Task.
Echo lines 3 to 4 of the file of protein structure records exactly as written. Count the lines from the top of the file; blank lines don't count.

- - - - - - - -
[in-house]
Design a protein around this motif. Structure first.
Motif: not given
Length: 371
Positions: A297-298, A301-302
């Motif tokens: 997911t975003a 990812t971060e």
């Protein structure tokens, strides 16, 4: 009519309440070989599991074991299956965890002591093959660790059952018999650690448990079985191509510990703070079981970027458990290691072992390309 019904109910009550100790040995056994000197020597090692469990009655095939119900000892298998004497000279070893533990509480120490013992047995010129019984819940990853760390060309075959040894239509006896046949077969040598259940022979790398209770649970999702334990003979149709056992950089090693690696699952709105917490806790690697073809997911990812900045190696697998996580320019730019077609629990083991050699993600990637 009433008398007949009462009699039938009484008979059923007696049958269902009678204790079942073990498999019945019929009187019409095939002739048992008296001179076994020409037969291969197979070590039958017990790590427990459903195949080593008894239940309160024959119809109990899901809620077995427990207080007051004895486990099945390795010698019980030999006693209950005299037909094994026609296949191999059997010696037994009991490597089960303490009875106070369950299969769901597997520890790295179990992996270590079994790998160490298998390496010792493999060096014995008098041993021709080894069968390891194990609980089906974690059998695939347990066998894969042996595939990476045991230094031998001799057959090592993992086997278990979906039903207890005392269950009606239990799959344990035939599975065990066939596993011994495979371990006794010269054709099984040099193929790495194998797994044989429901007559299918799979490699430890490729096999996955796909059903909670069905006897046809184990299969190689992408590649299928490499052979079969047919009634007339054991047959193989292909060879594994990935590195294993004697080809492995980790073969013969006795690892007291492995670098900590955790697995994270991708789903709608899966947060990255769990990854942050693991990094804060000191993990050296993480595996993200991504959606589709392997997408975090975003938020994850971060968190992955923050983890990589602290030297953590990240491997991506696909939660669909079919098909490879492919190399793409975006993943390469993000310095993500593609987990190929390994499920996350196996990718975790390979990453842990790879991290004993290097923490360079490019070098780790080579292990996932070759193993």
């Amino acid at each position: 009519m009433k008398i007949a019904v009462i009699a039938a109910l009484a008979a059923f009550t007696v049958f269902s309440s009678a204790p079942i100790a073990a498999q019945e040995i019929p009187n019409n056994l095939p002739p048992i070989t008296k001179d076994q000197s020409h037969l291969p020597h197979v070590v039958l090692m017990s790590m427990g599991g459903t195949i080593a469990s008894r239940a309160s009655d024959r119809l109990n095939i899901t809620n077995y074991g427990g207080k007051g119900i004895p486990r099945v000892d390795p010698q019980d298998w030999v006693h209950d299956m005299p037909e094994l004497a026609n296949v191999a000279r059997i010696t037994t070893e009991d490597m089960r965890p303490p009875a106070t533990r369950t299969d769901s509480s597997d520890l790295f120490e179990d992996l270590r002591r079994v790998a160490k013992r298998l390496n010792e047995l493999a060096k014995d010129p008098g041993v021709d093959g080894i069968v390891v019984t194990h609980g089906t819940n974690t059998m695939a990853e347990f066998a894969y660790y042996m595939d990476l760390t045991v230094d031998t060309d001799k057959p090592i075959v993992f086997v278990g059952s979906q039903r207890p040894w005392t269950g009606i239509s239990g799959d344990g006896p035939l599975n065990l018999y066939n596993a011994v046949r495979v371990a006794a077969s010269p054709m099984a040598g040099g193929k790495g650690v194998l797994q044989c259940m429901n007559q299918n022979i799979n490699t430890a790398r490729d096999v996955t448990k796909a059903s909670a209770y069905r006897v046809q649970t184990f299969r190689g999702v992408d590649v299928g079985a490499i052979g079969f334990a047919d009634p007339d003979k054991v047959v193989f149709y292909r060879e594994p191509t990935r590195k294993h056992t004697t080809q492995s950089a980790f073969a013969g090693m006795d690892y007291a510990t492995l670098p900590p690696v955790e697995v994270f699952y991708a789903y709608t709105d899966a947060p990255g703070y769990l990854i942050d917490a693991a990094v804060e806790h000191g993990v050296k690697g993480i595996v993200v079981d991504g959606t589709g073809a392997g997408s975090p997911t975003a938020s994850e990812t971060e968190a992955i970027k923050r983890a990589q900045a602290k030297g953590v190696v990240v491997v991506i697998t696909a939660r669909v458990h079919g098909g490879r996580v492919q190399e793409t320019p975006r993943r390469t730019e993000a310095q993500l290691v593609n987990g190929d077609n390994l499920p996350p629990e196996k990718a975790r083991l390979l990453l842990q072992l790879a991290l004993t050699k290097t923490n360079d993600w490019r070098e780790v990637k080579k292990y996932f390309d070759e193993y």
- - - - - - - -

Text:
Motif: not given
Length: 371